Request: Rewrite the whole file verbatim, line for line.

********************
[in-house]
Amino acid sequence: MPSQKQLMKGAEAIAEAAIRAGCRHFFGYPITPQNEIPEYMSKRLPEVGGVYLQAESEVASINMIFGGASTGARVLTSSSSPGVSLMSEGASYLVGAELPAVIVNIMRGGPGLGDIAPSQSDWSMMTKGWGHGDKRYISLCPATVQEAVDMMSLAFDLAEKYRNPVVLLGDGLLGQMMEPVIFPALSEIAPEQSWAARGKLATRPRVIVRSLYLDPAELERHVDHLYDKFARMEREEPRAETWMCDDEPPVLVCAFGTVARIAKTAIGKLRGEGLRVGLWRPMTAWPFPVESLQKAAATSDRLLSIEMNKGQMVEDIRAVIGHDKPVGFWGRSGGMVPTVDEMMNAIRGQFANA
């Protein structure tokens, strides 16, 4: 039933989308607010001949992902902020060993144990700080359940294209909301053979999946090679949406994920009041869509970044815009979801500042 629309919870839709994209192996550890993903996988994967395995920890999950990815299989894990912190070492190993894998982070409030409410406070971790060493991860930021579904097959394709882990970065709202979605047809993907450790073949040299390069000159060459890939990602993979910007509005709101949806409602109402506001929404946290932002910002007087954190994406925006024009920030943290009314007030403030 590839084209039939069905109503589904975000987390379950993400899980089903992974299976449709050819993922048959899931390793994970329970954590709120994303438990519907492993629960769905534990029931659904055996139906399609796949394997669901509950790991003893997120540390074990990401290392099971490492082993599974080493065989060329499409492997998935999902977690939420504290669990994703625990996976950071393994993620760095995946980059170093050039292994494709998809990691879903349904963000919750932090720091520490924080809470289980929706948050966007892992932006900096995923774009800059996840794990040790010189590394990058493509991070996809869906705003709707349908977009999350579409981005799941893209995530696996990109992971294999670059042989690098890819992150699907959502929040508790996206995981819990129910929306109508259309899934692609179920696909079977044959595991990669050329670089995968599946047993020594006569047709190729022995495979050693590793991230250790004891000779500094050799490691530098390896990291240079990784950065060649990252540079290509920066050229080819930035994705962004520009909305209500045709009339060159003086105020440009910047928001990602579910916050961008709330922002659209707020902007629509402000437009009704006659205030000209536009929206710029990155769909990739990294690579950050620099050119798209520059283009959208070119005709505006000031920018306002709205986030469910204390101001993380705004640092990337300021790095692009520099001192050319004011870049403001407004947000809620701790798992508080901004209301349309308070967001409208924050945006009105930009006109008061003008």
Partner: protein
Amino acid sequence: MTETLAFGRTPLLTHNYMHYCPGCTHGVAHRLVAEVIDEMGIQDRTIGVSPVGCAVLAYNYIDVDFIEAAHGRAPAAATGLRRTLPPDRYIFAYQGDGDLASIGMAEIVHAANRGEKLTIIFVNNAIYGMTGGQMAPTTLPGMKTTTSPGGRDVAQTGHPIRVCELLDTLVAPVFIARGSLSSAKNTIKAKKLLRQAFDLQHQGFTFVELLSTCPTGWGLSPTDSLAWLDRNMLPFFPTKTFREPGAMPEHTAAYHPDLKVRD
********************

[in-house]
Amino acid sequence: MPSQKQLMKGAEAIAEAAIRAGCRHFFGYPITPQNEIPEYMSKRLPEVGGVYLQAESEVASINMIFGGASTGARVLTSSSSPGVSLMSEGASYLVGAELPAVIVNIMRGGPGLGDIAPSQSDWSMMTKGWGHGDKRYISLCPATVQEAVDMMSLAFDLAEKYRNPVVLLGDGLLGQMMEPVIFPALSEIAPEQSWAARGKLATRPRVIVRSLYLDPAELERHVDHLYDKFARMEREEPRAETWMCDDEPPVLVCAFGTVARIAKTAIGKLRGEGLRVGLWRPMTAWPFPVESLQKAAATSDRLLSIEMNKGQMVEDIRAVIGHDKPVGFWGRSGGMVPTVDEMMNAIRGQFANA
């Protein structure tokens, strides 16, 4: 039933989308607010001949992902902020060993144990700080359940294209909301053979999946090679949406994920009041869509970044815009979801500042 629309919870839709994209192996550890993903996988994967395995920890999950990815299989894990912190070492190993894998982070409030409410406070971790060493991860930021579904097959394709882990970065709202979605047809993907450790073949040299390069000159060459890939990602993979910007509005709101949806409602109402506001929404946290932002910002007087954190994406925006024009920030943290009314007030403030 590839084209039939069905109503589904975000987390379950993400899980089903992974299976449709050819993922048959899931390793994970329970954590709120994303438990519907492993629960769905534990029931659904055996139906399609796949394997669901509950790991003893997120540390074990990401290392099971490492082993599974080493065989060329499409492997998935999902977690939420504290669990994703625990996976950071393994993620760095995946980059170093050039292994494709998809990691879903349904963000919750932090720091520490924080809470289980929706948050966007892992932006900096995923774009800059996840794990040790010189590394990058493509991070996809869906705003709707349908977009999350579409981005799941893209995530696996990109992971294999670059042989690098890819992150699907959502929040508790996206995981819990129910929306109508259309899934692609179920696909079977044959595991990669050329670089995968599946047993020594006569047709190729022995495979050693590793991230250790004891000779500094050799490691530098390896990291240079990784950065060649990252540079290509920066050229080819930035994705962004520009909305209500045709009339060159003086105020440009910047928001990602579910916050961008709330922002659209707020902007629509402000437009009704006659205030000209536009929206710029990155769909990739990294690579950050620099050119798209520059283009959208070119005709505006000031920018306002709205986030469910204390101001993380705004640092990337300021790095692009520099001192050319004011870049403001407004947000809620701790798992508080901004209301349309308070967001409208924050945006009105930009006109008061003008």
Partner: protein
Amino acid sequence: MTETLAFGRTPLLTHNYMHYCPGCTHGVAHRLVAEVIDEMGIQDRTIGVSPVGCAVLAYNYIDVDFIEAAHGRAPAAATGLRRTLPPDRYIFAYQGDGDLASIGMAEIVHAANRGEKLTIIFVNNAIYGMTGGQMAPTTLPGMKTTTSPGGRDVAQTGHPIRVCELLDTLVAPVFIARGSLSSAKNTIKAKKLLRQAFDLQHQGFTFVELLSTCPTGWGLSPTDSLAWLDRNMLPFFPTKTFREPGAMPEHTAAYHPDLKVRD